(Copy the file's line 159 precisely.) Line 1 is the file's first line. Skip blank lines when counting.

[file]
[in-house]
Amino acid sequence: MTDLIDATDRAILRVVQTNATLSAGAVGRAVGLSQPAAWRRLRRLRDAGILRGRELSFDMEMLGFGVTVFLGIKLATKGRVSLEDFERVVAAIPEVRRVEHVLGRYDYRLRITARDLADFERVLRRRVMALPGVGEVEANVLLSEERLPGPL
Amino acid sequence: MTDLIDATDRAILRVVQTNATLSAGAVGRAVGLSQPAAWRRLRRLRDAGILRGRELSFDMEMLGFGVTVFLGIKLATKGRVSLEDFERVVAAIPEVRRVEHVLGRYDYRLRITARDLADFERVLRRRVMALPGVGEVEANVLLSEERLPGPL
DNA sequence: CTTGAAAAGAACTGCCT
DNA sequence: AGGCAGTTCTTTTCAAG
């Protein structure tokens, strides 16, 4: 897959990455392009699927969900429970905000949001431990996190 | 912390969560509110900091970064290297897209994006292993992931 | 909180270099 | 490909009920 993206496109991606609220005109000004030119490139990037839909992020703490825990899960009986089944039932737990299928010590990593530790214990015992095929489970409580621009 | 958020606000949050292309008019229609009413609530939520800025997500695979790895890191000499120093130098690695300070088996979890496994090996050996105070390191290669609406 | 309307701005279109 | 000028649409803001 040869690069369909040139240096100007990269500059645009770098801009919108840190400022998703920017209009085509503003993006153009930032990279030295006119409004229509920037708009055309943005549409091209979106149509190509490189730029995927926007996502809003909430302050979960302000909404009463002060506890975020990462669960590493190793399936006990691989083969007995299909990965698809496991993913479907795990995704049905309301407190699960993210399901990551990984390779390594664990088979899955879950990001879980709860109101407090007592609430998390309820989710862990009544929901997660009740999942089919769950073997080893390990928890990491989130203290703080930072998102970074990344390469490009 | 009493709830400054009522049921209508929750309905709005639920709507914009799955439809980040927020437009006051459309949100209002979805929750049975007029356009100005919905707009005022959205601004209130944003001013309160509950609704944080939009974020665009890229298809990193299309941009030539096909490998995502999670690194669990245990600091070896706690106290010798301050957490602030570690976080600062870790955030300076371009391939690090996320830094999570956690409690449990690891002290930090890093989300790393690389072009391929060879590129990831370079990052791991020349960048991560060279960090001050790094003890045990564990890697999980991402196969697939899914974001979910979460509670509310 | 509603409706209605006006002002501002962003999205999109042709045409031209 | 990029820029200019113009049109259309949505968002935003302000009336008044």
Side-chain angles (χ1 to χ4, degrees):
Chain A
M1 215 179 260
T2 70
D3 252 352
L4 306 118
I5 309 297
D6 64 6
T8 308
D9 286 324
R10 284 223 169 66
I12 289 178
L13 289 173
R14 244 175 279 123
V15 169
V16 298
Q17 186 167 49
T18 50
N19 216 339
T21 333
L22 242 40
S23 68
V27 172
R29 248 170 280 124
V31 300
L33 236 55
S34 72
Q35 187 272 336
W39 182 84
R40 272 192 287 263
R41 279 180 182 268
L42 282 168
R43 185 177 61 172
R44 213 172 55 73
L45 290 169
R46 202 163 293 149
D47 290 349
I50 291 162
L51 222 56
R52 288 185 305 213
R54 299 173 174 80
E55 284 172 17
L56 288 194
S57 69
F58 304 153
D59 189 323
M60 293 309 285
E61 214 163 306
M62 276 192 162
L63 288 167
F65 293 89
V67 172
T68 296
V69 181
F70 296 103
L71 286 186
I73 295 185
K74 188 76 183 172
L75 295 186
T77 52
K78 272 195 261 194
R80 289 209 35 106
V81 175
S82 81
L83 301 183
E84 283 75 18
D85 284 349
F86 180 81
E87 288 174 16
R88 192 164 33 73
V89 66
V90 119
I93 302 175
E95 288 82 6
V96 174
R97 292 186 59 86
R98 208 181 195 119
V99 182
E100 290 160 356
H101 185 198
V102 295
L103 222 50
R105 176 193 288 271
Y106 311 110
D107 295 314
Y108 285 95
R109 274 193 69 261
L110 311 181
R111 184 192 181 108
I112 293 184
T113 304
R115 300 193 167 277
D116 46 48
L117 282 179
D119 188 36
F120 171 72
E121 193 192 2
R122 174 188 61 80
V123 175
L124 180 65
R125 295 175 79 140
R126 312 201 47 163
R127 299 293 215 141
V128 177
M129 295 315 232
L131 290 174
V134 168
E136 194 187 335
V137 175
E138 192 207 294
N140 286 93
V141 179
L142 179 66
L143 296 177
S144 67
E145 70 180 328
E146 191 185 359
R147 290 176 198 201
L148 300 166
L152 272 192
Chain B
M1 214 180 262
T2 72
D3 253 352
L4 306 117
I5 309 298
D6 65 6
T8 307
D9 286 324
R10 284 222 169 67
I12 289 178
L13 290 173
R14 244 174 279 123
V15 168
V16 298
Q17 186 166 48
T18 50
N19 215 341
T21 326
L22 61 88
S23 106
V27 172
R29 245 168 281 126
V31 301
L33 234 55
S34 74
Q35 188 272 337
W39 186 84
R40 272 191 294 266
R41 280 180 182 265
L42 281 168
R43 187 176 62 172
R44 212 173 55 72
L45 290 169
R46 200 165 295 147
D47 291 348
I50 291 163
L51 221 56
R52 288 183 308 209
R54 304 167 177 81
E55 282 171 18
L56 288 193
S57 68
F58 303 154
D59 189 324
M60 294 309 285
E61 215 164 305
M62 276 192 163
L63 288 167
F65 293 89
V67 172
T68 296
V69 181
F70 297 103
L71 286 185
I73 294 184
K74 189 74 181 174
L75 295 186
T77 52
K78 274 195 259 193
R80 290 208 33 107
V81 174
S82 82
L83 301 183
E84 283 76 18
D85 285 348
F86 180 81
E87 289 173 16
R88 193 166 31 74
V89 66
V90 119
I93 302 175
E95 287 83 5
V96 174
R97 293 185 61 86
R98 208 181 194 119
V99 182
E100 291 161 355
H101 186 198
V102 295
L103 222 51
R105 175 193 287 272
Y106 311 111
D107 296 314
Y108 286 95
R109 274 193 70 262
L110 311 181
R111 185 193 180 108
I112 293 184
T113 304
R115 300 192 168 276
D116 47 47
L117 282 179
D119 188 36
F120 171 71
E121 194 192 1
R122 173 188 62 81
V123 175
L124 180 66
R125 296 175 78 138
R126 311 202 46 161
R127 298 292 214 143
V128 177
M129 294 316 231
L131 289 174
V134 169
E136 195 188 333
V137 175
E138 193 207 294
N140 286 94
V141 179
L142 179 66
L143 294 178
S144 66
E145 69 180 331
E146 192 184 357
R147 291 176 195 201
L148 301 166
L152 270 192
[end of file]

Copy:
R44 212 173 55 72